Librarian Fergus Wilde has worked at Chetham’s Library for close to thirty years and in February he will begin his well-deserved retirement. Before he leaves to start this new adventure, we took the opportunity to ask Fergus about his role, career highlights and why Chetham’s Library is so special, not just in Manchester, but in the world. We’re now on the look out for a new Librarian who will lead the strategic development and day-to-day management of the Library. Find out more and apply.
How long have you worked at Chetham’s Library and what does your role involve?
“I started work at Chetham’s Library as Senior Librarian in 1997. Thanks to a confusing tradition, ‘Senior Librarian’ is junior to ‘the Librarian’, who is usually expected to be the boss. The Library cares for around 35,000 items printed before 1801, and around 80,000 printed books in total. When I joined, the catalogue of items was a confusing mass of different resources in print and typescript, and so my main role was to create a fully searchable online catalogue. That took about 15 years of people’s labour and about eight people worked on it over time. Tours, visits, looking after readers and answering queries occupied the rest of the days. I took over as Librarian in 2019.”
What makes this Library so special?
“Chetham’s is the oldest surviving public library in the country, and the oldest in the world outside a couple of wonderful civic institutions in Italy. Humphrey Chetham (1580-1653) founded it ‘for the use of scholars and others well affected to resort unto’ in his will, and his Feoffees – the executors of his will and its successors – had the library open to the public by 1655. Its collections are ‘designated as having National and International Importance’ under the Arts Council Scheme, and we’re an Accredited Museum. The books bought by the successive generations of Feoffees still sit on the shelving installed in the 1650s, and readers still use the original furniture. We’re also an archival repository, housing a wealth of historical material from medieval deeds to guides to the Belle Vue Zoo. There’s really nothing quite like it.”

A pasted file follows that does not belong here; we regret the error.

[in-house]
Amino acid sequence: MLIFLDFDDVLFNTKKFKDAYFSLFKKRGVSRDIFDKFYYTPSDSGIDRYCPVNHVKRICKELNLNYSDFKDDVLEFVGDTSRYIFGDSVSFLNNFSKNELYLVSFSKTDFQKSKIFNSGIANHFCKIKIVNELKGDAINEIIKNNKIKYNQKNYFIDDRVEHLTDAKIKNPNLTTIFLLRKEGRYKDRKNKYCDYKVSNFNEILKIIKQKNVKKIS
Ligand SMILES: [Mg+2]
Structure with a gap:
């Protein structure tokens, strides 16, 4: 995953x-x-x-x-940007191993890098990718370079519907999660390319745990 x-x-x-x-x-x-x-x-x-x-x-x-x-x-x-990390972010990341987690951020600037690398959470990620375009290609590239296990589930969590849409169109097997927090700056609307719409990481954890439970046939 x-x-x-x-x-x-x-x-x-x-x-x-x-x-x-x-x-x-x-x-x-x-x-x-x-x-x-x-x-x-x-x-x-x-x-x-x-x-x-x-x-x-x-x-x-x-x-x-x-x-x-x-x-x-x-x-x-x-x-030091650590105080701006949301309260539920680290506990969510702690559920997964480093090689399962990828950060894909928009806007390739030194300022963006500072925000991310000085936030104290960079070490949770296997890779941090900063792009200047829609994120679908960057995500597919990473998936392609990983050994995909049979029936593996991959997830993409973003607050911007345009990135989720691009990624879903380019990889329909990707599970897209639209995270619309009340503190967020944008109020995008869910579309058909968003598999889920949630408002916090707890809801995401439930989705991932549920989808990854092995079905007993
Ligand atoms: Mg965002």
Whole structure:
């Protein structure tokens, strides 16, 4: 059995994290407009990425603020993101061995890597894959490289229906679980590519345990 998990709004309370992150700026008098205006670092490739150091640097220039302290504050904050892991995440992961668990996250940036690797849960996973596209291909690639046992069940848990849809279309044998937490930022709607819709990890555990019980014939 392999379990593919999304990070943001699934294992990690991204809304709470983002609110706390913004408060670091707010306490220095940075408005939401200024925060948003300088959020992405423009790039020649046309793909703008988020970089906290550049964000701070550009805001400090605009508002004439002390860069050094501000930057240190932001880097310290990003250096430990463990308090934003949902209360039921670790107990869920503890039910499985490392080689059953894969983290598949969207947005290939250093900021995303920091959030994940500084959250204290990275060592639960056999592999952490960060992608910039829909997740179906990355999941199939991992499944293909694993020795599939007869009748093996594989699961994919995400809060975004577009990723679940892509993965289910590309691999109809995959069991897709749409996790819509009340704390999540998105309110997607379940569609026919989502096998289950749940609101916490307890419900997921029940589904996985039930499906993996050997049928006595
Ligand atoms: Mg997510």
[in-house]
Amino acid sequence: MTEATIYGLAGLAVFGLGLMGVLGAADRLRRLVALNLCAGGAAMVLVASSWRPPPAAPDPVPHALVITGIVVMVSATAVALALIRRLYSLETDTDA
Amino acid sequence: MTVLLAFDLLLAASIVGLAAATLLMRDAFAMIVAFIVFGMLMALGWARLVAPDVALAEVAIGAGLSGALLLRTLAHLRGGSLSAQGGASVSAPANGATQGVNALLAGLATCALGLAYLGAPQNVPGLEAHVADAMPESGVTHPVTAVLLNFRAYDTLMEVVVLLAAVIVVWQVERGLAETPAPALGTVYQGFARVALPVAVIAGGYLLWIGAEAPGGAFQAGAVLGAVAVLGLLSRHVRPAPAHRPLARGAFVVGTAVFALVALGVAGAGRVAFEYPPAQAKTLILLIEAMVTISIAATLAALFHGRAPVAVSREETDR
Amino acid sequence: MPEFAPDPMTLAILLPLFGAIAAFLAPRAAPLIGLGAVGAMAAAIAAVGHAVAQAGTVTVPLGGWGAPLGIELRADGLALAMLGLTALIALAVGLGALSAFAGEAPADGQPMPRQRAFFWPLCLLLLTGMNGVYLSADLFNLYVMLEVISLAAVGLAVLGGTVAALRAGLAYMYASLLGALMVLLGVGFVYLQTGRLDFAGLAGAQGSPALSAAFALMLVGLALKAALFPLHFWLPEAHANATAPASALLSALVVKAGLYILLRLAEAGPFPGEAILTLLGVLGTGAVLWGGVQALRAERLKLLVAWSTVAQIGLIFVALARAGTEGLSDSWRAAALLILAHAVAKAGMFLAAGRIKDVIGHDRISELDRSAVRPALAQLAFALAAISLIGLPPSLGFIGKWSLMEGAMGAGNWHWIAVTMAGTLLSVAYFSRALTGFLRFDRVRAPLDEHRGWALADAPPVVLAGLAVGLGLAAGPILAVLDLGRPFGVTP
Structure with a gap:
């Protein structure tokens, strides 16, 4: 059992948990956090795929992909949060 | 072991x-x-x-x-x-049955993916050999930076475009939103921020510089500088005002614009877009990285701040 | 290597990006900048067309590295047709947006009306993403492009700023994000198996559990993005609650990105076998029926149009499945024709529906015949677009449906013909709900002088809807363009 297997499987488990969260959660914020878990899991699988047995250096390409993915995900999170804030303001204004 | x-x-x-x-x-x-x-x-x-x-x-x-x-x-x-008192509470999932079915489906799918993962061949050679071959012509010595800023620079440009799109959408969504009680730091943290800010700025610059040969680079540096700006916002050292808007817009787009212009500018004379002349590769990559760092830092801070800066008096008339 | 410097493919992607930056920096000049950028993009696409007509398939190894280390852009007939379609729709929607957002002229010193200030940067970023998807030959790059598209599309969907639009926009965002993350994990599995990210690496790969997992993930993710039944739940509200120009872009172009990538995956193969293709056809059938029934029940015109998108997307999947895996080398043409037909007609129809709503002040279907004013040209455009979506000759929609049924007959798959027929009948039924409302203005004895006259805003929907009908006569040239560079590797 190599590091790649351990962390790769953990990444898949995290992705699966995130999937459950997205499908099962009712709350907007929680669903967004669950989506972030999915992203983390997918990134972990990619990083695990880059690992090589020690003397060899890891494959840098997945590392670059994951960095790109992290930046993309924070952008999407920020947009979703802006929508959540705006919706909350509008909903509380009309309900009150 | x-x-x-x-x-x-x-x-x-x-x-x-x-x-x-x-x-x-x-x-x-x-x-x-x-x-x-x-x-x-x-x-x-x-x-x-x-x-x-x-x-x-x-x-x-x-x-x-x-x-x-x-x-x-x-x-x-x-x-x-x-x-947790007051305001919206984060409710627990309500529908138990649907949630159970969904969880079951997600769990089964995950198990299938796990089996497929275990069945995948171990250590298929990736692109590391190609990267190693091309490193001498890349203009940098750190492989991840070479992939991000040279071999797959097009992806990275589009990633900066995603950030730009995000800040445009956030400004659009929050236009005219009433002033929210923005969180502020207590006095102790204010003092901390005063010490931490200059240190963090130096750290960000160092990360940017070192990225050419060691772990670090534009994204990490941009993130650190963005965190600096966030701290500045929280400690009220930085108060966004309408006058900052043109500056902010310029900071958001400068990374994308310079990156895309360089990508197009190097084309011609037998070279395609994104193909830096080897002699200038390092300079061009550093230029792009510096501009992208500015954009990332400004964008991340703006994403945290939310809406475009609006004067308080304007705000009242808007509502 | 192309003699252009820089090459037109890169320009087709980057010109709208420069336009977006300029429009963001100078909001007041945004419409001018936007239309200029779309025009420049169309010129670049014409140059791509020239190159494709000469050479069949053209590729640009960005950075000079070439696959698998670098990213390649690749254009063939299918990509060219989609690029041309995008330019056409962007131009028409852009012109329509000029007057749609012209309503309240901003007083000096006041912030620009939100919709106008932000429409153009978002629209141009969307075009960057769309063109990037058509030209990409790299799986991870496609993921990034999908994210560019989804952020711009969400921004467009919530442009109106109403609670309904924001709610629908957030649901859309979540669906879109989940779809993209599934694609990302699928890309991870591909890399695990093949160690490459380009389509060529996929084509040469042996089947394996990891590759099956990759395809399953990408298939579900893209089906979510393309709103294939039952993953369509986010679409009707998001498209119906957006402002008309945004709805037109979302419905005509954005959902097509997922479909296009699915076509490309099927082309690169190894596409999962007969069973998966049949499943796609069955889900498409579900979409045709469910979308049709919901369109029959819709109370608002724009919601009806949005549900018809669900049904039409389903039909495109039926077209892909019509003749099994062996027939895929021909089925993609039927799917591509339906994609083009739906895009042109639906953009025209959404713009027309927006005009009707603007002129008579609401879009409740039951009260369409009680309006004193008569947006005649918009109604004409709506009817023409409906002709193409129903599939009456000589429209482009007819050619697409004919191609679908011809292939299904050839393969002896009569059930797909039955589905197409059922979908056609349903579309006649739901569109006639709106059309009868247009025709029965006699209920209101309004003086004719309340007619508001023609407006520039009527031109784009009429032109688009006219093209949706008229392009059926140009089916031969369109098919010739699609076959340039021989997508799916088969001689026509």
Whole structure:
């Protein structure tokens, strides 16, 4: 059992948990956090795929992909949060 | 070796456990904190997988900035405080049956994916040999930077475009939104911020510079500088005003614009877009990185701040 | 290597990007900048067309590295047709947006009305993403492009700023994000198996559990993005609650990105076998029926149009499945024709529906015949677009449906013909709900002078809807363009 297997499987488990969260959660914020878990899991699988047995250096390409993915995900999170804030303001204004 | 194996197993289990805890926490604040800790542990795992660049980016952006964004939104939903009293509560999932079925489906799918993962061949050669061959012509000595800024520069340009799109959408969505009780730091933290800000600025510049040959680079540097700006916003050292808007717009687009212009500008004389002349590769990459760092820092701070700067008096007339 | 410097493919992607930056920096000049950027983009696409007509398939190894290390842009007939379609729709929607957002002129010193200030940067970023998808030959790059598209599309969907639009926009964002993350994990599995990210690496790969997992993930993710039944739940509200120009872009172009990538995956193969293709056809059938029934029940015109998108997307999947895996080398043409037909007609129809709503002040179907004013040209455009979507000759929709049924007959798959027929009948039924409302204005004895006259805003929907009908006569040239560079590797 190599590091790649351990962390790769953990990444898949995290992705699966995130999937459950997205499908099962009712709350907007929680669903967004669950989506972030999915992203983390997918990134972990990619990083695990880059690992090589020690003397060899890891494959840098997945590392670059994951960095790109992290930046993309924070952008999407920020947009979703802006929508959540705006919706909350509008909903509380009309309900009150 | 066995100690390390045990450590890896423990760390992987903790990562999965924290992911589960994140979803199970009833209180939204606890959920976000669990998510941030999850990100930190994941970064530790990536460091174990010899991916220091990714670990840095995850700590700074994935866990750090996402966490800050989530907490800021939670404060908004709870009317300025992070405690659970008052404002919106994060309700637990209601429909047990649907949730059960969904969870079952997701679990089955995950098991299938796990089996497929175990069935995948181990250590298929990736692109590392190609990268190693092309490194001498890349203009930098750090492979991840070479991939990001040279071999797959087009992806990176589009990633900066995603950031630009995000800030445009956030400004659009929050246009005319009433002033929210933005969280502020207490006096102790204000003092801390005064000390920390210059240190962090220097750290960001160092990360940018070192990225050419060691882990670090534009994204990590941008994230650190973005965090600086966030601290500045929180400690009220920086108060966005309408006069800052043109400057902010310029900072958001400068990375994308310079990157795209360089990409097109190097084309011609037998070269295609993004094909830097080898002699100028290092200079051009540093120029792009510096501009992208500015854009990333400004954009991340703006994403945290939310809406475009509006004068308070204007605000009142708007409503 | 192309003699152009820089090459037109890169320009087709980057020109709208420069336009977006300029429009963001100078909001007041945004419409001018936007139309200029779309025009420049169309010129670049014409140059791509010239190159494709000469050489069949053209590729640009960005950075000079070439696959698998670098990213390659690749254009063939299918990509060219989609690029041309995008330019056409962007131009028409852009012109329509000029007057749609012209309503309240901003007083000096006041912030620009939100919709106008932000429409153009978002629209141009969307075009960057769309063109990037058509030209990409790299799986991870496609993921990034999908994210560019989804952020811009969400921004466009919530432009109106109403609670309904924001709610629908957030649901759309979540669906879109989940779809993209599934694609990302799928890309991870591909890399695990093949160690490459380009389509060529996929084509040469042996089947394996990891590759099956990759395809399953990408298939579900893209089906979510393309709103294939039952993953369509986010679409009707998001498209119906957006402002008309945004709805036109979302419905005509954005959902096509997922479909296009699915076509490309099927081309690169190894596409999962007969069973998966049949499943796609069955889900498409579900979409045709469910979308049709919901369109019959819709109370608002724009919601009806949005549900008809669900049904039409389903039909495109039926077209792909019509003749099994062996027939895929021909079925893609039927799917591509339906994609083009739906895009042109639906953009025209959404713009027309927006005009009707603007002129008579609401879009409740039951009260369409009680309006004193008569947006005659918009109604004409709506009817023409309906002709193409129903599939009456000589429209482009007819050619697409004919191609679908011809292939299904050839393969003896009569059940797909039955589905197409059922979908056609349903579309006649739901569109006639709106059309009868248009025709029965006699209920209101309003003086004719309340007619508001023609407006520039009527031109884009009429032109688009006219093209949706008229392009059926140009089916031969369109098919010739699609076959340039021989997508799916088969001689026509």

What are your career highlights or memorable moments?
“Highlights are often linking up material with the experts who can bring out the knowledge within them; when we get the thanks of researchers in their books or are able to bring out something that will crack open a research question; when we’re able to make real connections that advance knowledge of the world, even by small increments. That and all the cups of coffee.”
What do you plan to do with your retirement?
“Get outdoors more! The hills await! And, perhaps unexpectedly, read more books. Running a library doesn’t mean being able to read what you like, so lots to catch up on that I’ve not been able to pursue while at my desk here.”